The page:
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These medicines are available as tablets (you swallow them or they dissolve in your mouth), nasal sprays, shots, and patches you put on your skin.
Triptans narrow (constrict) blood
vessels in the brain and relieve swelling. Triptans have other properties that
may help treat
migraine symptoms. It is not clear how they work to
stop a migraine.
These drugs are used to effectively
and quickly relieve headache pain, sensitivity to light and noise, and nausea
and vomiting associated with migraines. They are especially helpful if you have
moderate to severe headaches that interfere with your ability to perform daily
These drugs are effective in
reducing migraine symptoms and are well tolerated.1 But it is hard to know which
triptan is the most effective. A triptan that works
well for someone else may not work well for you. You may have to try more than
one triptan to find the one that works best for you.
best when they are taken as soon as the headache starts. But they can still
reduce headache pain and other symptoms when taken after the attack has begun.
You may find that combining a triptan with a
nonprescription medicine (such as acetaminophen or naproxen) helps to stop your
headaches better. Talk to your doctor about this option if triptans alone
aren't helping enough.
Some triptan drugs may
also help to prevent migraines in women who get them only around the time of
All medicines have side effects. But many people don't feel the side effects, or they are able to deal with them. Ask your pharmacist about the side effects of each medicine you take. Side effects are also listed in the information that comes with your medicine.
Here are some important things to think about:
or other emergency services right away if you have:
Call your doctor right away if you have:
Common side effects of this medicine include:
FDA advisories. The U.S. Food and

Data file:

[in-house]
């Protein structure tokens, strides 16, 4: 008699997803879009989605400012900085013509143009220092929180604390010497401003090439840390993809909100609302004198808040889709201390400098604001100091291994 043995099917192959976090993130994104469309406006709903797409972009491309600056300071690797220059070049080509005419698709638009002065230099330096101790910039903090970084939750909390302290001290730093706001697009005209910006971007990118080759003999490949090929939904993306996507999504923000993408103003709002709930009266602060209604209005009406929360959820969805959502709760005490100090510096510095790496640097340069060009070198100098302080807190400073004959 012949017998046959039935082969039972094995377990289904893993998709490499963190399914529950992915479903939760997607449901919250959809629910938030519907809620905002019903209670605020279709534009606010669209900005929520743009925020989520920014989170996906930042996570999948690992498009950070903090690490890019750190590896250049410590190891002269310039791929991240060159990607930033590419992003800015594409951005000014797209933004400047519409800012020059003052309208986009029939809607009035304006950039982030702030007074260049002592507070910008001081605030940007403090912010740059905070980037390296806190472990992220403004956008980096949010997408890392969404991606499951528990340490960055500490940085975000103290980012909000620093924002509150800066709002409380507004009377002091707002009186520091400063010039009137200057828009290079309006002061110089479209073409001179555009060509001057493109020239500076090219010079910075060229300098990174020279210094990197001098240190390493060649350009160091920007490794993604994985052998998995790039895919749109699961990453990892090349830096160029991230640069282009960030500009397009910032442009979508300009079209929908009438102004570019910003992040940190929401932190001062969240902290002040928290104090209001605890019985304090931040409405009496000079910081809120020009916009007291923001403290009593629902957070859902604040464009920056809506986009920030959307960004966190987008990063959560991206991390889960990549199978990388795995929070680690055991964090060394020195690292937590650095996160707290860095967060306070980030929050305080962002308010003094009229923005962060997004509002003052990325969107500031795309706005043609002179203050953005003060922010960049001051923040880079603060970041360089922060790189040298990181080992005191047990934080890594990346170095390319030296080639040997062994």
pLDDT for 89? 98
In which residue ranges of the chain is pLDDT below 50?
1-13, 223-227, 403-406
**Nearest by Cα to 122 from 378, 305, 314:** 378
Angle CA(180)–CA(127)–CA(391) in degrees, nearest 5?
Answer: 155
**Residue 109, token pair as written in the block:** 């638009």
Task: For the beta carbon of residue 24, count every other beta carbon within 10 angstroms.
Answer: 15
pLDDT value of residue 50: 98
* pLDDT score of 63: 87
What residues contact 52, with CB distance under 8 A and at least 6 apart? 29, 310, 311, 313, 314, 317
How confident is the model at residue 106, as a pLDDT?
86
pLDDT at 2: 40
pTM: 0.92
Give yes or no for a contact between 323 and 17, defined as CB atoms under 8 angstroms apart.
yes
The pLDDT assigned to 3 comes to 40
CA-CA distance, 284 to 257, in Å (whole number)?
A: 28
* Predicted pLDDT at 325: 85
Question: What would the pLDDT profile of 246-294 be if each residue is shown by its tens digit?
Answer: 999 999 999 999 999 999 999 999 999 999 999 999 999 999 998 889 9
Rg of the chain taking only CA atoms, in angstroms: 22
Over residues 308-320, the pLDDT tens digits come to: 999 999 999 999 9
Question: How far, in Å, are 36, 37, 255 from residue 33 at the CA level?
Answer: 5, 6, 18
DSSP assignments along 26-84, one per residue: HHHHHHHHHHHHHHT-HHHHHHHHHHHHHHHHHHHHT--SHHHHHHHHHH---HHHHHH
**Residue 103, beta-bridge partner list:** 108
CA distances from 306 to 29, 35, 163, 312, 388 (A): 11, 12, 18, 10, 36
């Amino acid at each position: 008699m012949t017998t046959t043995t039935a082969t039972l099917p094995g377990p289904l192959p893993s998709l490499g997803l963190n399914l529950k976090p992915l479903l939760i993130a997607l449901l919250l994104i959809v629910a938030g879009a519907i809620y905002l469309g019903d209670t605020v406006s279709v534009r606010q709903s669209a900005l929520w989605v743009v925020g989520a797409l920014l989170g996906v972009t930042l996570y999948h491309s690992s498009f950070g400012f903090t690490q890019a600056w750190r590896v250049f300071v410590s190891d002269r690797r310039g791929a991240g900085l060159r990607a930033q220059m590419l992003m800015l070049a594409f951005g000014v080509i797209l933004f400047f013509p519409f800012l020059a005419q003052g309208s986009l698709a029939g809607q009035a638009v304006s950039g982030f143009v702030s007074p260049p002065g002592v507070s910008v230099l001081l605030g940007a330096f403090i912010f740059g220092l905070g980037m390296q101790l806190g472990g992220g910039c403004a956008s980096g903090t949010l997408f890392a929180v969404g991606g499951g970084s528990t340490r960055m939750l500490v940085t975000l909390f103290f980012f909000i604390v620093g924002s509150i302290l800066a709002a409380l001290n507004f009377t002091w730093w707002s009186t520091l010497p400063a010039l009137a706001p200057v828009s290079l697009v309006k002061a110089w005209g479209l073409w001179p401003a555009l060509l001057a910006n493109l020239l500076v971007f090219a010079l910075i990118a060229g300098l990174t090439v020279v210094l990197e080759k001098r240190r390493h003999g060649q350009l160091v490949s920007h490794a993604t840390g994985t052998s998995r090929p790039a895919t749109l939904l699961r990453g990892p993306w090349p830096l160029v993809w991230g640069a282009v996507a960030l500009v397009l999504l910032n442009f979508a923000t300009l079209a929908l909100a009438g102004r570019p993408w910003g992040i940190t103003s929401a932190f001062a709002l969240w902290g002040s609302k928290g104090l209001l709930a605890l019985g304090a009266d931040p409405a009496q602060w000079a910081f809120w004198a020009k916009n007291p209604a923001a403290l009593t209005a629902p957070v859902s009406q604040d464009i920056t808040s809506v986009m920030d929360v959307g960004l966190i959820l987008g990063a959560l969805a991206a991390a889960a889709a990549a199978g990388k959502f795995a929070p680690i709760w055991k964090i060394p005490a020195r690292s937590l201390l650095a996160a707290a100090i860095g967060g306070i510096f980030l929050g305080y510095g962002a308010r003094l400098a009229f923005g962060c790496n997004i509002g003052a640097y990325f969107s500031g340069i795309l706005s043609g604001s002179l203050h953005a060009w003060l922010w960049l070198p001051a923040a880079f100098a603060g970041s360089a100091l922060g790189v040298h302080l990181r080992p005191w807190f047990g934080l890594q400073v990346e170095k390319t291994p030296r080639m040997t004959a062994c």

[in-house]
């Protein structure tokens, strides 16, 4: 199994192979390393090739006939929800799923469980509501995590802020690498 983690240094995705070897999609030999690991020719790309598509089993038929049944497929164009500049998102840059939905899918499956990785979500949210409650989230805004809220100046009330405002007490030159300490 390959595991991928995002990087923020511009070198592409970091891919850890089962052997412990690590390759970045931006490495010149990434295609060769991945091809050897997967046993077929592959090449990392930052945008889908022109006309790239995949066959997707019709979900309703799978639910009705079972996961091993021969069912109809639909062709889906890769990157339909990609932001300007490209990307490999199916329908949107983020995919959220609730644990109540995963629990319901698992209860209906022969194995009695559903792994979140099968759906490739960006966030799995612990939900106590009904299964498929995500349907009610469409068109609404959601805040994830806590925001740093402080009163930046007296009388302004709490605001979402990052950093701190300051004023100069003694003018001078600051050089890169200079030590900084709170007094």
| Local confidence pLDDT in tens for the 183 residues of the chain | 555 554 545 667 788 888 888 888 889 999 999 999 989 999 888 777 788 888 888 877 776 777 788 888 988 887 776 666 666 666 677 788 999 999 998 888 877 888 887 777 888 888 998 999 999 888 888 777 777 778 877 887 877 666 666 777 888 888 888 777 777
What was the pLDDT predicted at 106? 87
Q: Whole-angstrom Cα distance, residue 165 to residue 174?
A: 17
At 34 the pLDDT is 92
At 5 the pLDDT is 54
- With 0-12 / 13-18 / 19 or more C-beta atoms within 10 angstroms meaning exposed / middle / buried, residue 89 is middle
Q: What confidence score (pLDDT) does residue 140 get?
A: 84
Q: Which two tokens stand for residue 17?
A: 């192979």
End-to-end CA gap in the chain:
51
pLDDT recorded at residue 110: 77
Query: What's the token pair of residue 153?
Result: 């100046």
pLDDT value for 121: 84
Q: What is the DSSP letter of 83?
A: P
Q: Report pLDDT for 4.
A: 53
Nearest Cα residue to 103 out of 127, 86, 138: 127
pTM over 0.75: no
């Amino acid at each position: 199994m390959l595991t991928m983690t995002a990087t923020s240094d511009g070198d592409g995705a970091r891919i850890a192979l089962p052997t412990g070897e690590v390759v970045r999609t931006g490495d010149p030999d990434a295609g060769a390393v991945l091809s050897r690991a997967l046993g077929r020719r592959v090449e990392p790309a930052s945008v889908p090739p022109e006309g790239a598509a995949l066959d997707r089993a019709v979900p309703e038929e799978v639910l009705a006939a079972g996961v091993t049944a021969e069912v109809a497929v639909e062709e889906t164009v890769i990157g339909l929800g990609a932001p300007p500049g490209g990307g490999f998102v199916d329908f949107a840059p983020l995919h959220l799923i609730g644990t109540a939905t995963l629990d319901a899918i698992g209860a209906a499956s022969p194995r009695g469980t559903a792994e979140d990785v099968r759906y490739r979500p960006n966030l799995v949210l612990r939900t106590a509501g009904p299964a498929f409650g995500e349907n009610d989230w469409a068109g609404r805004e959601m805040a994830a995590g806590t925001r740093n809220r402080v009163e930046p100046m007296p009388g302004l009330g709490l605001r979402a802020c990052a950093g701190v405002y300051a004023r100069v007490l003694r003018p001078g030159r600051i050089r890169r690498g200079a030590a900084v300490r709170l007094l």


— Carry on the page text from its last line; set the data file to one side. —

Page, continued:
Drug Administration (FDA) has issued a warning about taking SSRIs
or SNRIs (used for depression, anxiety, pain, and many other conditions) with triptans. Taking these medicines together
can cause a very rare but serious condition called serotonin syndrome.
Drug Reference for a full list of side effects. (Drug Reference is not
available in all systems.)
Overuse of migraine drugs can
rebound headaches. Rebound headaches are different
from migraine headaches. They are usually triggered after pain medicine has
worn off, prompting you to take another dose. Eventually you get a headache
whenever you stop taking the drug. Be sure to take your migraine medicine only
as prescribed by your doctor.
Medicine is one of the many tools your doctor has to treat a health problem. Taking medicine as your doctor suggests will improve your health and may prevent future problems. If you don't take your medicines properly, you may be putting your health (and perhaps your life) at risk.
There are many reasons why people have trouble taking their medicine. But in most cases, there is something you can do. For suggestions on how to work around common problems, see the topic Taking Medicines as Prescribed.
If you are pregnant, breast-feeding, or planning to get pregnant, do not use any medicines unless your doctor tells you to. Some medicines can harm your baby. This includes prescription and over-the-counter medicines, vitamins, herbs, and supplements. And make sure that all your doctors know that you are pregnant, breast-feeding, or planning to get pregnant.
Follow-up care is a key part of your treatment and safety. Be sure to make and go to all appointments, and call your doctor if you are having problems. It's also a good idea to know your test results and keep a list of the medicines you take.
Complete the new medication information form (PDF)(What is a PDF document?) to help you understand this medication.
Drugs for migraine (2011). Treatment Guidelines From The Medical Letter, 9(102): 7–12.
Silberstein SD, et al. (2012). Evidence-based guideline update: Pharmacologic treatment for episodic migraine prevention in adults: Report of the Quality Standards Subcommittee of the American Academy of Neurology and the American Headache Society. Neurology, 78(17): 1337–1345.
Current as of:
March 12, 2014
Anne C. Poinier, MD - Internal Medicine
& Colin Chalk, MD, CM, FRCPC - Neurology
How this information was developed to help you make better health decisions.
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